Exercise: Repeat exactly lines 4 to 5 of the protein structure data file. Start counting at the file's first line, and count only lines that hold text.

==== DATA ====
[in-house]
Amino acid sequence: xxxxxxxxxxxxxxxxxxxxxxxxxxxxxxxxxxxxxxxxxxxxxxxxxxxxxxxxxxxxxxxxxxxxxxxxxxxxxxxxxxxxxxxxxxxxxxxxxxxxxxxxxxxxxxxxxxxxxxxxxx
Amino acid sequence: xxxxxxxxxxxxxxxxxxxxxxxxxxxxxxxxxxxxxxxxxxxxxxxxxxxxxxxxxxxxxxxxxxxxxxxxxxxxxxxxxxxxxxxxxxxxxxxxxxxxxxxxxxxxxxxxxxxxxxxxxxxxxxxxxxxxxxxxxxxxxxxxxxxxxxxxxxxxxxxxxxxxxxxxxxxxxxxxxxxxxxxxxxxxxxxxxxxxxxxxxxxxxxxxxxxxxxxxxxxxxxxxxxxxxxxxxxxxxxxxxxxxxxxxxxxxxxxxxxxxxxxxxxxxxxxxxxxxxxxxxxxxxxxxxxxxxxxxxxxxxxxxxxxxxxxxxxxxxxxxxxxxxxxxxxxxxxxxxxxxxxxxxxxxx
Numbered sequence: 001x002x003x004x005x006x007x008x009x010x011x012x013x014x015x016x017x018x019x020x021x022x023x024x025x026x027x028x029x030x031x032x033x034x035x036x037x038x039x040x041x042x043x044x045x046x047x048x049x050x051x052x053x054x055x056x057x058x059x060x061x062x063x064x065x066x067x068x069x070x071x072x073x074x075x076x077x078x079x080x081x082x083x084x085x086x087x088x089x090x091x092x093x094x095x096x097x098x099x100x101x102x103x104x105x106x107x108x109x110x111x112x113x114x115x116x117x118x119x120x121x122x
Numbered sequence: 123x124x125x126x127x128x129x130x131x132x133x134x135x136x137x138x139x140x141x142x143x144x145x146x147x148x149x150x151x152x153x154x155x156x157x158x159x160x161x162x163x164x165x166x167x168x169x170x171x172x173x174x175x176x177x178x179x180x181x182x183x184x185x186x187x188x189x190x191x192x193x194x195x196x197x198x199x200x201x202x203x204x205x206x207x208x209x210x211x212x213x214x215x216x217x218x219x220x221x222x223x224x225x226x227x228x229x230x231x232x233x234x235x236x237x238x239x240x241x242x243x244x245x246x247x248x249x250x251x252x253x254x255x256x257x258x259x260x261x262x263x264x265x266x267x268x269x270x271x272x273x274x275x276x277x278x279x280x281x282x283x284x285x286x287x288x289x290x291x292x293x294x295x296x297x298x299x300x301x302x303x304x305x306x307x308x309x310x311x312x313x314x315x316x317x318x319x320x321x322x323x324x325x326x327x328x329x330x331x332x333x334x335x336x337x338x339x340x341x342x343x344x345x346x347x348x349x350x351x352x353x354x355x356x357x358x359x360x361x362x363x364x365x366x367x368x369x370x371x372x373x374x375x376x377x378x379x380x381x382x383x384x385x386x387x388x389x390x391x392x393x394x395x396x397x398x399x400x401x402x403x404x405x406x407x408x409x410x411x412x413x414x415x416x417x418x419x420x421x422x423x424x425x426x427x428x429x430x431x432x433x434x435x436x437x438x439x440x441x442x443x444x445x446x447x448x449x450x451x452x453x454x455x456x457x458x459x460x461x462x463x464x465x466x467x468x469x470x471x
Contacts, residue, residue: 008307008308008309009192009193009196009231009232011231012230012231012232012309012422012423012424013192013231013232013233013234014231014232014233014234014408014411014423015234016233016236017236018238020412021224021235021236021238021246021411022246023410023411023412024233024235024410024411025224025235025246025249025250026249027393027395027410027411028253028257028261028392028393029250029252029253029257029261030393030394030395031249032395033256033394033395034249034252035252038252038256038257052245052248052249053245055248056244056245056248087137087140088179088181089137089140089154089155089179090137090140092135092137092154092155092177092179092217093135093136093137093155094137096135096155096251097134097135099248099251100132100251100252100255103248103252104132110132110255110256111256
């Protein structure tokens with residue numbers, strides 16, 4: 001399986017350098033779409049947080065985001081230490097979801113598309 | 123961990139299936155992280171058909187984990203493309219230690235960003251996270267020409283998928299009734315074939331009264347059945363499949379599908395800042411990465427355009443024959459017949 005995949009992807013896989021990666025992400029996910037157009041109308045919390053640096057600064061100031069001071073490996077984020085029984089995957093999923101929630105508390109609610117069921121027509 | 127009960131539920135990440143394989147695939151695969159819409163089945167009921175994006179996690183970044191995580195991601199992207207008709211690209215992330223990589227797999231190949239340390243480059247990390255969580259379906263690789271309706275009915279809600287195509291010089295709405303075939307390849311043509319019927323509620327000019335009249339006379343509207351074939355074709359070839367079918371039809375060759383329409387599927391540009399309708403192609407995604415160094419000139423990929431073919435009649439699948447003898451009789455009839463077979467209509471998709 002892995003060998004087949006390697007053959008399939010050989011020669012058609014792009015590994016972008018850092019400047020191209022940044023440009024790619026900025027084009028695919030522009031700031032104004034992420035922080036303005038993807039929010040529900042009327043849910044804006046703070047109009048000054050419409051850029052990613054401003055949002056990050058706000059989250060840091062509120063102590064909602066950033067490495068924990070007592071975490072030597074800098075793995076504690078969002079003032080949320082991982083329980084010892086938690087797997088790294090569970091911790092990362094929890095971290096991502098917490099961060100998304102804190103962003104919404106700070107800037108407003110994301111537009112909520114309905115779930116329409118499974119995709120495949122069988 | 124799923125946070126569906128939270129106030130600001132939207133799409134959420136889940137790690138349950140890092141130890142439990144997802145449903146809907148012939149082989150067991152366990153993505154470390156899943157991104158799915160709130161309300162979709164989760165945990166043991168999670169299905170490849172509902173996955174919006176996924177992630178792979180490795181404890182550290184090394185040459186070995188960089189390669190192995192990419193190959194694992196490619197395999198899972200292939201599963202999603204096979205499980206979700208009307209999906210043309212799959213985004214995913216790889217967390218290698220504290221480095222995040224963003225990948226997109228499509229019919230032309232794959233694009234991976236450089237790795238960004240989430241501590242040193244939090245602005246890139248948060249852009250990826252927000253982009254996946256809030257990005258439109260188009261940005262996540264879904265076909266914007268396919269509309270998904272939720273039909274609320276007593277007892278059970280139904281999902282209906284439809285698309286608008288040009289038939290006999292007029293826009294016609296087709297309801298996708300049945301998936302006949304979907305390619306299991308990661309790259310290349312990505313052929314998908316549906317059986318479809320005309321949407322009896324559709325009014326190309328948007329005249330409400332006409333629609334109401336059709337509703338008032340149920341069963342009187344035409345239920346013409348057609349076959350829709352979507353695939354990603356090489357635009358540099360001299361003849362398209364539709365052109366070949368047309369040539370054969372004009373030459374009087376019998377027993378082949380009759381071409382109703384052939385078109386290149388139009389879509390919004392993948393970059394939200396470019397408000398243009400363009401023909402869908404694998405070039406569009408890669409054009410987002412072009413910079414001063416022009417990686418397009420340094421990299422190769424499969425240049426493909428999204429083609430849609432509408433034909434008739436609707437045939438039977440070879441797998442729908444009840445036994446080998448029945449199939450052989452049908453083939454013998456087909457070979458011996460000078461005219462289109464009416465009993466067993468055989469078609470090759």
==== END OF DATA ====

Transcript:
Numbered sequence: 001x002x003x004x005x006x007x008x009x010x011x012x013x014x015x016x017x018x019x020x021x022x023x024x025x026x027x028x029x030x031x032x033x034x035x036x037x038x039x040x041x042x043x044x045x046x047x048x049x050x051x052x053x054x055x056x057x058x059x060x061x062x063x064x065x066x067x068x069x070x071x072x073x074x075x076x077x078x079x080x081x082x083x084x085x086x087x088x089x090x091x092x093x094x095x096x097x098x099x100x101x102x103x104x105x106x107x108x109x110x111x112x113x114x115x116x117x118x119x120x121x122x
Numbered sequence: 123x124x125x126x127x128x129x130x131x132x133x134x135x136x137x138x139x140x141x142x143x144x145x146x147x148x149x150x151x152x153x154x155x156x157x158x159x160x161x162x163x164x165x166x167x168x169x170x171x172x173x174x175x176x177x178x179x180x181x182x183x184x185x186x187x188x189x190x191x192x193x194x195x196x197x198x199x200x201x202x203x204x205x206x207x208x209x210x211x212x213x214x215x216x217x218x219x220x221x222x223x224x225x226x227x228x229x230x231x232x233x234x235x236x237x238x239x240x241x242x243x244x245x246x247x248x249x250x251x252x253x254x255x256x257x258x259x260x261x262x263x264x265x266x267x268x269x270x271x272x273x274x275x276x277x278x279x280x281x282x283x284x285x286x287x288x289x290x291x292x293x294x295x296x297x298x299x300x301x302x303x304x305x306x307x308x309x310x311x312x313x314x315x316x317x318x319x320x321x322x323x324x325x326x327x328x329x330x331x332x333x334x335x336x337x338x339x340x341x342x343x344x345x346x347x348x349x350x351x352x353x354x355x356x357x358x359x360x361x362x363x364x365x366x367x368x369x370x371x372x373x374x375x376x377x378x379x380x381x382x383x384x385x386x387x388x389x390x391x392x393x394x395x396x397x398x399x400x401x402x403x404x405x406x407x408x409x410x411x412x413x414x415x416x417x418x419x420x421x422x423x424x425x426x427x428x429x430x431x432x433x434x435x436x437x438x439x440x441x442x443x444x445x446x447x448x449x450x451x452x453x454x455x456x457x458x459x460x461x462x463x464x465x466x467x468x469x470x471x